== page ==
Fighting the Custody Battle Against a Selfish Parent

Co-parenting can be a difficult task, but selfish (and narcissistic) parents can be a nightmare to cooperate with. There are some strategies that may help. Here are Ten rules to follow that will help you in the custody battle against a selfish parent.  Many of these strategies also apply to dealing with the narcissist parent.

A truly selfish parent only wants parenting time because you do.  The selfish parent doesn’t necessarily want to win. The selfish parent wants the other parent to lose!

A selfish parent tests boundaries, just like a child does.  If you give an inch, will your spouse take a mile? Selfish parents get their kicks by pushing buttons and extending boundaries with everyone they interact with. All day, every day.

Is your spouse’s selfishness manifesting itself as bullying, just to bully? Is it a good ole’ fashioned sense of entitlement? Is the other parent’s selfishness a result of low self-esteem? You have to set rules in a custody battle against a selfish parent. Start with these 10.

Rule 1: Establish boundaries.

You have to establish boundaries with the selfish parent. We learned from the poet, Robert Frost, how “Good fences make good neighbors.” You have to learn to say “No.” Learn to cut deals: “Yes, you can have Timmy tonight. But only if you give me your next Tuesday night.” Do you have difficulty bargaining? Is it hard for you to say “No”? Consider counseling with a family therapist to help if you need to talk through what holds you back.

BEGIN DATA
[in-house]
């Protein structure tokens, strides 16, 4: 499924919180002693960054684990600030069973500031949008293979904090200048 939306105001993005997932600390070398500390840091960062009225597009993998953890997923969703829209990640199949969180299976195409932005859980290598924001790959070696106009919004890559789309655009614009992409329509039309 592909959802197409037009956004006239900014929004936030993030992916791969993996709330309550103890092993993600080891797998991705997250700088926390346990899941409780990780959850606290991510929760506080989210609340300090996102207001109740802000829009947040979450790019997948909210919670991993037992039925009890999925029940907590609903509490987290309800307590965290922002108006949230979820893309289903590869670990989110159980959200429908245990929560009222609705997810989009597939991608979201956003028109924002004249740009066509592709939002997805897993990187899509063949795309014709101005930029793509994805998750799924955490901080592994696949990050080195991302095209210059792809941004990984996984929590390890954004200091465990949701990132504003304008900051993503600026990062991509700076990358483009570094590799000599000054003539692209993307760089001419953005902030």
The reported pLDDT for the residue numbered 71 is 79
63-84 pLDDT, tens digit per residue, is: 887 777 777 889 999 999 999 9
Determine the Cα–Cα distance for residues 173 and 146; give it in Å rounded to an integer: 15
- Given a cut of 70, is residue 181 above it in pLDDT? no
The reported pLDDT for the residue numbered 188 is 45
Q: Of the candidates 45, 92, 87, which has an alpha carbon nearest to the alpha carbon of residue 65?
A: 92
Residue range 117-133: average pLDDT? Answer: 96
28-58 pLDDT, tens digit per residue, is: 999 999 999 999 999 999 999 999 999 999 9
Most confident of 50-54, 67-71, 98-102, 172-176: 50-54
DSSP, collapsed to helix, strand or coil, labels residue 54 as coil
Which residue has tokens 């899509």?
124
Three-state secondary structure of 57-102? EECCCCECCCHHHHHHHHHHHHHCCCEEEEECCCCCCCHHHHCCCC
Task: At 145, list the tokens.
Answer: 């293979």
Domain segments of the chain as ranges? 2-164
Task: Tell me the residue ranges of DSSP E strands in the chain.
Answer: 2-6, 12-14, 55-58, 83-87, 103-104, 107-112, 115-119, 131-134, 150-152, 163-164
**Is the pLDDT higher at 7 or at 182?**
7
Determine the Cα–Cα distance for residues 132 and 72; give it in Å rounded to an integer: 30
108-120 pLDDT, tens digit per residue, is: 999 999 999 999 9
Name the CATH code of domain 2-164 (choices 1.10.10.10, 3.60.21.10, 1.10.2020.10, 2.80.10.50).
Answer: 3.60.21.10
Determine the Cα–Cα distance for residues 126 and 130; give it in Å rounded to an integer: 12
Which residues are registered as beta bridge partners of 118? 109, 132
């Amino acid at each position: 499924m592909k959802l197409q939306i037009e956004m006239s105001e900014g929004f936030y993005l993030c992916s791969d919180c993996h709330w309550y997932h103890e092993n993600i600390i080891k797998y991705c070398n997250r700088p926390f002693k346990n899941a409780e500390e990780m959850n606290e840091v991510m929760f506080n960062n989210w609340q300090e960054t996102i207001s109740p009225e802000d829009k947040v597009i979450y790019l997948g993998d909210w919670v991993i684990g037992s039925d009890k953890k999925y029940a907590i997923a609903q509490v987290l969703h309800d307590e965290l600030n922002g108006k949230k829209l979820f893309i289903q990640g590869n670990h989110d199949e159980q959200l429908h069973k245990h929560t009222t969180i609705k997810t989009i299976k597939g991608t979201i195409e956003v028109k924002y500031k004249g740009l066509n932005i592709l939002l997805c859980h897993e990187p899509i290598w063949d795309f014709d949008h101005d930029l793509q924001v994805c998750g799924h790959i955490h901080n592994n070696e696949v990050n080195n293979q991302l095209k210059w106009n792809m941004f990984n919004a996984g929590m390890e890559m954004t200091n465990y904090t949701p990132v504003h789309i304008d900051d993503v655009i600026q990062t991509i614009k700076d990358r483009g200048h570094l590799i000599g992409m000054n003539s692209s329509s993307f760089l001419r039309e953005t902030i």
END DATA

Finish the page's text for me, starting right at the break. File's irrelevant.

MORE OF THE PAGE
Rule 2: Learn how to “work” the selfish parent.

And the sooner the better. It is paramount you get the status quo parenting time and custody framework the way you want it. And as quickly as possible. Reach out to your experienced family lawyer for help. This cannot wait! Find out now what can be done to fix problems. Delay can make addressing custody problems more difficult.

Rule 3:  Check yourself. 

Take a moment to reflect on your personal strengths and weaknesses. Are you at fault for being too nice? Are you enabling the selfish parent? We understand that conflict avoidance can be an admirable trait. But when those positive traits become negative habits, children may suffer. That’s because, by definition, the selfish parent is never going to be the better parent. Nor does a child benefit from seeing one parent repeatedly bullied into submission by the other parent. A child benefits from observing how adults can and should negotiate difficult situations. For your child’s benefit, turn-the-tables and flip-the-script on the selfish parent.

Rule 4:  Some selfish parents can only be managed.

Some parents will never change their ways, even though those ways may be detrimental to the child. Some selfish parents simply cannot be cajoled, taught a lesson, or reasoned with. At the same time, one parent being a selfish parent’s doormat will never be in the best interest of a child. Fortunately, there are co-parenting skills you can develop to make up for the selfish parent’s shortcomings.

For one, avoid becoming emotionally invested in trying to fix the other parent. Secondly, it’s ok if you cannot win on this or that parenting dispute. Assuming you really cannot win it. Don’t just roll over and give in. Remember Rule 3. If you genuinely cannot solve the issue, then so be it. Many problems in life are like this. Just do your best to manage the selfish parent.

Rule 5:  Never lose your temper in a text or e-mail.

Fighting the Custody Battle Against a Selfish Parent